Brian Feldman is bringing his signature brand of performance art to Orlando in a series of performances called #BFP15.
A few years ago, I had an idea to make the kind of conference I'd like to attend. Turns out the Art and Algorithms event in Titusville looked like a really great version, but I didn't get the chance to check it out. When I go to BarCamps and other similar events, I often advise people to decide on their mission, and who their audience is before they start a new project, so here is my shot at it:
The title of this post is a quote from Brad Kuhn, the author of an article about Craig Ustler, the Creative Village, and Urban ReThink. I found the line so nonsensically entertaining that I decided my next endeavor would pay homage to his coined phrase. The invisible frisbee in his article was referring to e-commerce. Is there any commerce today that is not e-commerce on some level?
I wrote a post a few weeks ago about what was shakin' in the Orlando tech scene. One of the things I mentioned was the looming appearance of Hilary Mason at Urban ReThink. If you did not get a chance to check out her talk that day, here you go:
This is definitely a defining moment in the history of Orlando's creative / tech / entrepreneurial scene. This is something I've been working on personally, along with hundreds of others, for what feels like forever now. That, or 7 years, whichever comes first.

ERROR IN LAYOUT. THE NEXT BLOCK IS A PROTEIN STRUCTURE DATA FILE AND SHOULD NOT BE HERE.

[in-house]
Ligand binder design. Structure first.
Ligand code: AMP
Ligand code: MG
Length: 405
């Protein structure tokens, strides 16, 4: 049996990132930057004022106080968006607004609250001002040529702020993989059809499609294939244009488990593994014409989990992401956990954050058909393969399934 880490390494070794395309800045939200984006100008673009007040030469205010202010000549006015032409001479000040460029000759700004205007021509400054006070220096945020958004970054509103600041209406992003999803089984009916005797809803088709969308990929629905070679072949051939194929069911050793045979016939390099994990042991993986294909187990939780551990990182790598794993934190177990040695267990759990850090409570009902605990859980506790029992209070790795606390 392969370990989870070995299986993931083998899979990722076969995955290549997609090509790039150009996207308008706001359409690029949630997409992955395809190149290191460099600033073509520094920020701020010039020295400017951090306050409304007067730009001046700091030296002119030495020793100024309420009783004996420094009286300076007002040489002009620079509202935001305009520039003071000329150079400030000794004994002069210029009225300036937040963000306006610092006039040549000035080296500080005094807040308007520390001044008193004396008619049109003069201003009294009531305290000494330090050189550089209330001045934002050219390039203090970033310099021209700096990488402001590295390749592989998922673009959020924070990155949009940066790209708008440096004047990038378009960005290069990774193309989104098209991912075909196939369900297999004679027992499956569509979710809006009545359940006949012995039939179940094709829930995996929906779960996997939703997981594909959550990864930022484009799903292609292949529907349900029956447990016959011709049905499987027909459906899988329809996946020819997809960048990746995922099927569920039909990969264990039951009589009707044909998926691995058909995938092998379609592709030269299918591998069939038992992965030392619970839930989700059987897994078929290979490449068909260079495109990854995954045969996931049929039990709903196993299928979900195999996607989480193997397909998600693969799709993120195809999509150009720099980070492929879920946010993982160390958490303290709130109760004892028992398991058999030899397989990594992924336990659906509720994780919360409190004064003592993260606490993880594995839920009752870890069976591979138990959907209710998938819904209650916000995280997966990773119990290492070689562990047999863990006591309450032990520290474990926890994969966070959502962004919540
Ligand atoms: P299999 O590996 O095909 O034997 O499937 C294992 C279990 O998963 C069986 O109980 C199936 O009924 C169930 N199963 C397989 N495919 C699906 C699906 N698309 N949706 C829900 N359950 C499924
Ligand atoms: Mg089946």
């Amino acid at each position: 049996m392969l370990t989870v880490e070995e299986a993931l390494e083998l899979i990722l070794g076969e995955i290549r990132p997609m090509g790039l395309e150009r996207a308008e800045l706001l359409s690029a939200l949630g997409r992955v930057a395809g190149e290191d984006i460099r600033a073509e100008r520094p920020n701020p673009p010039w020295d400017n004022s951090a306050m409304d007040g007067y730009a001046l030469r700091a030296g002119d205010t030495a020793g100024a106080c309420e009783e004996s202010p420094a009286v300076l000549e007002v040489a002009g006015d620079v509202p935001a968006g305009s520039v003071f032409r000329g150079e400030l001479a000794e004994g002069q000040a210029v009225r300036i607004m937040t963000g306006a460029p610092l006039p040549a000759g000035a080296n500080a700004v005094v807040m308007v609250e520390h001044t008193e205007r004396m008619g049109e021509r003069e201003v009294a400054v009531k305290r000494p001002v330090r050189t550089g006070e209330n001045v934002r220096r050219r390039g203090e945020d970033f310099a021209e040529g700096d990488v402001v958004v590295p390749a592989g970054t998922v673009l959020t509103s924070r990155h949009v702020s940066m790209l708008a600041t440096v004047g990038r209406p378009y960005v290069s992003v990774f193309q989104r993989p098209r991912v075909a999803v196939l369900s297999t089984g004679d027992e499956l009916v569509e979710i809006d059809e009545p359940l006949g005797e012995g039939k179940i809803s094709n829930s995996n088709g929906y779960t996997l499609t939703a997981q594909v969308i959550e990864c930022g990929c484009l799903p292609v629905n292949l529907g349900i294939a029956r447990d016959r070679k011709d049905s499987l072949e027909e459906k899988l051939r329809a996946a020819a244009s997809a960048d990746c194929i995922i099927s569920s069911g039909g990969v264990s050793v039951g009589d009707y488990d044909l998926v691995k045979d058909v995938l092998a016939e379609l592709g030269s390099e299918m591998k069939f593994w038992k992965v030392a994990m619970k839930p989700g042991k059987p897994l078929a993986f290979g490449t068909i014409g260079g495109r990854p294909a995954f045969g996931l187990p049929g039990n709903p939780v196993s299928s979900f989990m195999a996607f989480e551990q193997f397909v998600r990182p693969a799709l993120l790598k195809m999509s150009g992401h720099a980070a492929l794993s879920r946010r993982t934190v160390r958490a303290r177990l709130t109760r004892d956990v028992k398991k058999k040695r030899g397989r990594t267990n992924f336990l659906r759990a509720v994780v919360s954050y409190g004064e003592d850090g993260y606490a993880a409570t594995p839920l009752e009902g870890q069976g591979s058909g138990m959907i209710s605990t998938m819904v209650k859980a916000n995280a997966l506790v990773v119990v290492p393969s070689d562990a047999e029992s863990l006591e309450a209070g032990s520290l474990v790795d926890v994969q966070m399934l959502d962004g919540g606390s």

This video just makes me want to run. Far far away from Ft. Lauderdale.
If you can't tell, this is a bit of a theme on my blog this year. Ever since I started listening to Tummelvision, I have really started to identify with this label.
Edit: If you're interested in hearing more about the practice of Tummeling, definitely watch Heather Gold's Tech Talk at Google about Designing for Conversation (How to be a Tummeler).
I gave a talk at Rollins to an MBA class about Technological Entrepreneurship, taught by a friend of mine. The bulk of it was about how I have brought my career to where it is, and the things I use to sell myself.
This is something I have been trying to articulate since the first BarCamp Orlando almost 4 years ago. The whole idea behind FooCamp and its bastard offspring BarCamp was to use Open Space Technology to create order in chaos. Our events have had both order and chaos, but the order is not ordered toward much of anything productive. Some people have started new events to achieve this: I think our BarCamp can be better on its own, but these other purposeful events wouldn't be bad either.